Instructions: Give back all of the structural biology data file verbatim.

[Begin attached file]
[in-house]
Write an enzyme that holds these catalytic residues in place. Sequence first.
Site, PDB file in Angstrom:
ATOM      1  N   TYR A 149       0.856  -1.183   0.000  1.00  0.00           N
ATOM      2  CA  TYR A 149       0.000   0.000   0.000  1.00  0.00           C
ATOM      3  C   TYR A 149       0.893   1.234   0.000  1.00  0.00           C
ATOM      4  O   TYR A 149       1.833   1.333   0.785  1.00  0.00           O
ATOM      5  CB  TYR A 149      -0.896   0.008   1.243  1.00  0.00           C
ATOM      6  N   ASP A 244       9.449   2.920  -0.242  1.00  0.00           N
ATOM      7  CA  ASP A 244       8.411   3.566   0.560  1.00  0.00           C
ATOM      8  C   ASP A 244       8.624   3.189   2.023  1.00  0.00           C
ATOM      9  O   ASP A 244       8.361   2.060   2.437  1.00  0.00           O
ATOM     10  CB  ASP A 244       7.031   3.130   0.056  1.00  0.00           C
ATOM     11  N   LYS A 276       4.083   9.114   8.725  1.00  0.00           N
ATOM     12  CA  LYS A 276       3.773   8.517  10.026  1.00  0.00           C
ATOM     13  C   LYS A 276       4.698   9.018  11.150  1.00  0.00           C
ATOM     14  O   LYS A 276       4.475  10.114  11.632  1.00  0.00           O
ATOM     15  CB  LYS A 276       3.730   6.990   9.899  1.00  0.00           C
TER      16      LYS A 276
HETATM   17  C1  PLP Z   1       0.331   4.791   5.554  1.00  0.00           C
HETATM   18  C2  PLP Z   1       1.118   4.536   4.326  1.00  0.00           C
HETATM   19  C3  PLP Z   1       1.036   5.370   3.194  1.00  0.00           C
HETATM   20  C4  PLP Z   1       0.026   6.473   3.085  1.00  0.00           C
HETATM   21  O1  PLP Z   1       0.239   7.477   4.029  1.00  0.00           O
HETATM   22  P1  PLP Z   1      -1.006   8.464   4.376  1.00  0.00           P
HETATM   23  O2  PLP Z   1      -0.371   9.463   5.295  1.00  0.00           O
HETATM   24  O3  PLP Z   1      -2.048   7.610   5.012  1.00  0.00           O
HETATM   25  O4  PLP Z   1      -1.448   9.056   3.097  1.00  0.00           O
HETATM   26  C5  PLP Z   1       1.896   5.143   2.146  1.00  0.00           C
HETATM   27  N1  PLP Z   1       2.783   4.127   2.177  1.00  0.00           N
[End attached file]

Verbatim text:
[in-house]
Write an enzyme that holds these catalytic residues in place. Sequence first.
Site, PDB file in Angstrom:
ATOM      1  N   TYR A 149       0.856  -1.183   0.000  1.00  0.00           N
ATOM      2  CA  TYR A 149       0.000   0.000   0.000  1.00  0.00           C
ATOM      3  C   TYR A 149       0.893   1.234   0.000  1.00  0.00           C
ATOM      4  O   TYR A 149       1.833   1.333   0.785  1.00  0.00           O
ATOM      5  CB  TYR A 149      -0.896   0.008   1.243  1.00  0.00           C
ATOM      6  N   ASP A 244       9.449   2.920  -0.242  1.00  0.00           N
ATOM      7  CA  ASP A 244       8.411   3.566   0.560  1.00  0.00           C
ATOM      8  C   ASP A 244       8.624   3.189   2.023  1.00  0.00           C
ATOM      9  O   ASP A 244       8.361   2.060   2.437  1.00  0.00           O
ATOM     10  CB  ASP A 244       7.031   3.130   0.056  1.00  0.00           C
ATOM     11  N   LYS A 276       4.083   9.114   8.725  1.00  0.00           N
ATOM     12  CA  LYS A 276       3.773   8.517  10.026  1.00  0.00           C
ATOM     13  C   LYS A 276       4.698   9.018  11.150  1.00  0.00           C
ATOM     14  O   LYS A 276       4.475  10.114  11.632  1.00  0.00           O
ATOM     15  CB  LYS A 276       3.730   6.990   9.899  1.00  0.00           C
TER      16      LYS A 276
HETATM   17  C1  PLP Z   1       0.331   4.791   5.554  1.00  0.00           C
HETATM   18  C2  PLP Z   1       1.118   4.536   4.326  1.00  0.00           C
HETATM   19  C3  PLP Z   1       1.036   5.370   3.194  1.00  0.00           C
HETATM   20  C4  PLP Z   1       0.026   6.473   3.085  1.00  0.00           C
HETATM   21  O1  PLP Z   1       0.239   7.477   4.029  1.00  0.00           O
HETATM   22  P1  PLP Z   1      -1.006   8.464   4.376  1.00  0.00           P
HETATM   23  O2  PLP Z   1      -0.371   9.463   5.295  1.00  0.00           O
HETATM   24  O3  PLP Z   1      -2.048   7.610   5.012  1.00  0.00           O
HETATM   25  O4  PLP Z   1      -1.448   9.056   3.097  1.00  0.00           O
HETATM   26  C5  PLP Z   1       1.896   5.143   2.146  1.00  0.00           C
HETATM   27  N1  PLP Z   1       2.783   4.127   2.177  1.00  0.00           N